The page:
Friday, March 6, 2009

Time and Materials by Robert Hass

This is another National Book Award winner, which I think caught my eye when I was reading the New York Times Book Review on a regular basis. Hass, a collaborator with Czeslaw Milosz (one of my favorite poets), writes in a style that's very quiet. With a simplicity of lines and a keen eye for theme, Hass can say more about his subject than a lot of other poets, without going over the top or being melodramatic.

Here's a good example of what I am referring to, "Envy of Other People's Poems":

"In one version of the legend the sirens couldn't sing.
It was only a sailor's story that they could.
So Odysseus, lashed to the mast, was harrowed
By a music that he didn't hear--plungings of sea,
wind-sheer, the off-shore hunger of the birds--
And the mute women gathering kelp for garden mulch,
Seeing him strain against the cordage, seeing
The awful longing in his eyes, are changed forever
On their rocky waste of island by their imagination
Of his imagination of the song they didn't sing."

This is deconstruction of myth done on the down low. No grand lines about all the wrongs of the patriarchal past or anything, just "hey, what if Odysseus was terrified by the lack of what he wanted?" It's very well done, but it's done almost so subtly as to be missed. (Though, since this *did* win a major award, perhaps I am wrong in saying it could be overlooked.)

In "The Problem of Describing Trees", Hass takes a few licks, again very quietly, at poetry itself:

"The apsen glitters in the wind
And that delights us.

The leaf flutters, turning,
Because that motion in the heat of August
Protects its cells from drying out. Likewise the leaf
Of the cottonwood.

The gene pool threw up a wobbly stem
And the tree danced. No.
The tree capitalized.
No. There are limits to saying,
In language, what the tree did.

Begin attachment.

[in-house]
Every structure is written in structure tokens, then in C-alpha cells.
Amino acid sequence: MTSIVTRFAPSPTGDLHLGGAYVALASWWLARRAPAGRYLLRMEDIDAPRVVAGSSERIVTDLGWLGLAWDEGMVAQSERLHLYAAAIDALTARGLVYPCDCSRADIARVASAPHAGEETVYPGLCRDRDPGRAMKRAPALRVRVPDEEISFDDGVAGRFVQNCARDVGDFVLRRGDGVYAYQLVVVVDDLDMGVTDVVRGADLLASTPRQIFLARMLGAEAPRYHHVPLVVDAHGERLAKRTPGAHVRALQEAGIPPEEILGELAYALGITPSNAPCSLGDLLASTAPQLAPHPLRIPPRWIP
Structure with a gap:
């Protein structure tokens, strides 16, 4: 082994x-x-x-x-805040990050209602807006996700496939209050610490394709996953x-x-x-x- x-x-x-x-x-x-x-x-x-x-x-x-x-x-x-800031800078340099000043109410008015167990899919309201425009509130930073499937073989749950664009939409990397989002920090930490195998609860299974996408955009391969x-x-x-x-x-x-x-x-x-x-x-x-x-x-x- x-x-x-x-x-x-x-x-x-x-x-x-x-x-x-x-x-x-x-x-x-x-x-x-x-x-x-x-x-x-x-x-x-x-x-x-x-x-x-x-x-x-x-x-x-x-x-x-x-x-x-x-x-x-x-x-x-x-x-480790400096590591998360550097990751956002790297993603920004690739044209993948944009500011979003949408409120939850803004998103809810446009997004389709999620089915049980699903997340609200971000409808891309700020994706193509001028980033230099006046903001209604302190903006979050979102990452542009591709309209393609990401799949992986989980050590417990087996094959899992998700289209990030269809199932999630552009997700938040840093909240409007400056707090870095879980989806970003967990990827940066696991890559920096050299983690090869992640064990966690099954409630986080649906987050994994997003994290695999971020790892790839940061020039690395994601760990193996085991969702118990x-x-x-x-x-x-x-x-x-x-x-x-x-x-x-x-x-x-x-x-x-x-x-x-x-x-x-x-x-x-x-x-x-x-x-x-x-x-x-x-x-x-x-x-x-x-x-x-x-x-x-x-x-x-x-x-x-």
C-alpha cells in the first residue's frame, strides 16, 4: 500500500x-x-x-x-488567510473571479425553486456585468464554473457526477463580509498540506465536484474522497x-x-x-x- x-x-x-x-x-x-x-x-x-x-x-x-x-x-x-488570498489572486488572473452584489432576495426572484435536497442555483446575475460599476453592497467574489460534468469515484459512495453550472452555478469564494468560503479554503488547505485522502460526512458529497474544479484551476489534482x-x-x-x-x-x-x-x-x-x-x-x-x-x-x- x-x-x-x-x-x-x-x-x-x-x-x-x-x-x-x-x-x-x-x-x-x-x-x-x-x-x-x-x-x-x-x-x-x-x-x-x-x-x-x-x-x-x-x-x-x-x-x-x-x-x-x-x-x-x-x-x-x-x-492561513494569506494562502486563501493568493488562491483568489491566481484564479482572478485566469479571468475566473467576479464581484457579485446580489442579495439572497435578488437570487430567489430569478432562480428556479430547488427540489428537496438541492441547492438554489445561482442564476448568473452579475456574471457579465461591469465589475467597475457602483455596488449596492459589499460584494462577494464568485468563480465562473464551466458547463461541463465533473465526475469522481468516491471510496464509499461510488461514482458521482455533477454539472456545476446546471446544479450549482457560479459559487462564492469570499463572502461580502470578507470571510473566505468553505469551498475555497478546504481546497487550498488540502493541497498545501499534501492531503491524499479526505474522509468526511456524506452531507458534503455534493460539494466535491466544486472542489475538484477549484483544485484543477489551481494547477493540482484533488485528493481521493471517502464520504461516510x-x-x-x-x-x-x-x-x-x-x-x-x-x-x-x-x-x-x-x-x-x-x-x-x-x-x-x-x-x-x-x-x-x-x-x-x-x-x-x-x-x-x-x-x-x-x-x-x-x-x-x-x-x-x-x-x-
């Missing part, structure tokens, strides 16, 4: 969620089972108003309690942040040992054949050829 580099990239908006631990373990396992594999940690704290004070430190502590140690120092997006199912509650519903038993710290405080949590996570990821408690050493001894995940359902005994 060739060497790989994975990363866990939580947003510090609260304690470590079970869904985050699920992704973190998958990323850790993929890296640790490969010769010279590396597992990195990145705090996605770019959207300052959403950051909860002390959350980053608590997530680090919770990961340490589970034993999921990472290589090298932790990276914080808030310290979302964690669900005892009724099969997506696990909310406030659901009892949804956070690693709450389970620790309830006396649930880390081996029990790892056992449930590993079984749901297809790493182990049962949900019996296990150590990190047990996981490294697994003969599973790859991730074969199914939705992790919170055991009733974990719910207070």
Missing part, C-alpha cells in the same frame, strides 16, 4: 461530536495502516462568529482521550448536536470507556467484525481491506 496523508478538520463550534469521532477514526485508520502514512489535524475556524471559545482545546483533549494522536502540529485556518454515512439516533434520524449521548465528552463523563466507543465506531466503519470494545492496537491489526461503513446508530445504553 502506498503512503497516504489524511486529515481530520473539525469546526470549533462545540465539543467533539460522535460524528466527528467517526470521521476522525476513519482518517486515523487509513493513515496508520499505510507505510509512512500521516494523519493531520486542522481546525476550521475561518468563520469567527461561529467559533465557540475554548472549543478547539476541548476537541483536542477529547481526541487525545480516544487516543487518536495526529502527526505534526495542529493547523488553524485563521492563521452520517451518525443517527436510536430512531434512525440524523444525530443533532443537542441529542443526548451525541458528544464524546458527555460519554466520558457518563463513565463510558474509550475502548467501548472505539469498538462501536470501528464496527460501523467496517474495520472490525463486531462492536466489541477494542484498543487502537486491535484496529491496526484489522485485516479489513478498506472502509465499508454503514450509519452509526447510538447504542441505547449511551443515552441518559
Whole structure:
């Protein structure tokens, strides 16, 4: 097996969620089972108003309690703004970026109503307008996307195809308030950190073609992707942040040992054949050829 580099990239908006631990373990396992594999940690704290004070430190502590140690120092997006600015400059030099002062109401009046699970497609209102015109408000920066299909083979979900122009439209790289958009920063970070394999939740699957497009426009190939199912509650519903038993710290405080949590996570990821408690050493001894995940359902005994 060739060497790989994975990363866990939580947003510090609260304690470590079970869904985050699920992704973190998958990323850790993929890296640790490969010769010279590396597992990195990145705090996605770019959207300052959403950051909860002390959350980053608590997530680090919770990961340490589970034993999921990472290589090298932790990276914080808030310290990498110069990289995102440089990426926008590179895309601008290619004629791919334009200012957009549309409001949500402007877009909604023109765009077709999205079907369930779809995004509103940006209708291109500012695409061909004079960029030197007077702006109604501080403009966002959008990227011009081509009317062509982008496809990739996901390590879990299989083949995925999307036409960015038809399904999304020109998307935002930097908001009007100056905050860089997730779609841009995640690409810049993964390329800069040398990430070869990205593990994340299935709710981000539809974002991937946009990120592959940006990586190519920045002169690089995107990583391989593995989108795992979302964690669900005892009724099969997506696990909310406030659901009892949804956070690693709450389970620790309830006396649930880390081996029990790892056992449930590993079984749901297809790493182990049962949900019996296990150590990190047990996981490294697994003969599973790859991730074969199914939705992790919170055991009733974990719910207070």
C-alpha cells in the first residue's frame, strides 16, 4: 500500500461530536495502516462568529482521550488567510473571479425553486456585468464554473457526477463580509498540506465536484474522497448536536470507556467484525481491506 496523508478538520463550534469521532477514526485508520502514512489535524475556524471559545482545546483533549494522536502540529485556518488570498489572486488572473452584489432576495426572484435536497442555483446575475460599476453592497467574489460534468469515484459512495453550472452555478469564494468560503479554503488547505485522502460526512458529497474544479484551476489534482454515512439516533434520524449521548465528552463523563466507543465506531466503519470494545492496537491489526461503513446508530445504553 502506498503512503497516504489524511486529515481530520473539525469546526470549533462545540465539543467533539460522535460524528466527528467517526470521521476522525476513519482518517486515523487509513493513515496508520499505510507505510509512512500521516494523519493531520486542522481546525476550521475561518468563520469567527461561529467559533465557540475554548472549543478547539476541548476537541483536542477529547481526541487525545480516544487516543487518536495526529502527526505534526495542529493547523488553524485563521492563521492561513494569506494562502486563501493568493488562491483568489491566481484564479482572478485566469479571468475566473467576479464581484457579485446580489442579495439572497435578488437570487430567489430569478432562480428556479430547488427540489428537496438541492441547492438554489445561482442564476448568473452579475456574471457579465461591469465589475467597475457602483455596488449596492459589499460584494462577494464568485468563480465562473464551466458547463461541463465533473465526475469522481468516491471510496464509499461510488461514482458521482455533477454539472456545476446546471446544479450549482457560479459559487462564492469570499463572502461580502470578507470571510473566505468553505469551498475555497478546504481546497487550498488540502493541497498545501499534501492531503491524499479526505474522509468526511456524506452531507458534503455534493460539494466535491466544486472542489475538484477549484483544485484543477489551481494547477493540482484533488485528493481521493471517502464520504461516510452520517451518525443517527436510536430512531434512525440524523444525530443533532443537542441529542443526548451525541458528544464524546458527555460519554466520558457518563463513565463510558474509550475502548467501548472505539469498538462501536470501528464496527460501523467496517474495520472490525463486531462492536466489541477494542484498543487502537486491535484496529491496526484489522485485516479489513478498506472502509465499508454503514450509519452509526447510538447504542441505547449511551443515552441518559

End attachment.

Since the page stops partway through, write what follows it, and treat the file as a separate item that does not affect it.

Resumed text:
It is good sometimes for poetry to disenchant us.

Dance with me, dancer. Oh, I will.

Mountains, sky,
The aspen doing something in the wind."

Am I reading too much into Hass's lines? Maybe, but that's the fun of being a reviewer, you get to put your own spin on things. "Art and Life", a longer poem, uses a painter as the subject, but the theme also seems to tie into a poet and his writing. I'll only reproduce the ending here:

"...Here is the life that chose you
And the one you chose. Here is the brush, horsehair,
Hair of the badger, the goat's beard, the sable,
And here is the smell of paint. The volitile, sharp oils
Of linseed, rapeseed. Here is the stench of the essence
Of pinewood in a can of turpentine. Here is the hand,
Flick of wrist, tendon-ripple of the brushstroke. Here--
Cloud, lake water lifting on a summer morning,
Ash and ash and chalky ash--is the stickiness of paint
Adhering to the woven flax of the canvas, here
Is the faithfulness of paint on paint on paint on paint.
Something stays this way we cannot have,
Comes alive because we cannot have it."

Change a few of those words, and it's a comment on the writer trying to capture that which he sees and that which he imagines.

And hey, even if you don't agree with me in relation to the meaning--look at that artistry of the flow of the poem. The density of the words, the beauty of the repetition, the power and description placed in every line. This poem itself is a work of art!

As with Milosz, the poems collected here either come from personal experience or are written in such a way as to make the reader feel close to the speaker. There is an intimacy that comes out through the pages which draws me into work such as Hass' that other writers cannot match. We could make character sketches of the speakers, be they women performing daily tasks or a young boy watching his father pull power trips over his wife in the underbelly of the 1950s.

Not all the poems are quite so serious. Hass includes a section of playful writing with his friend Milosz, based on the difference between "o" and "oh", and there's even a short piece featuring cucumber, called, appropriately enough, "Poem with a Cucumber In It." Another poem is an argument between two lovers that's written in verse with dashes indicating the change in speakers. The variety of styles is actually quite amazing.

I usually end poetry reviews with one more parting line from the artist, but I think this time I will merely recommend Hass' work to you, because there really is no definitive piece to quote. As vast as it is quiet, this book's materials will definitely hold up over time.

(I did not, please note, promise not to leave on a horrible pun based on the book's title.)

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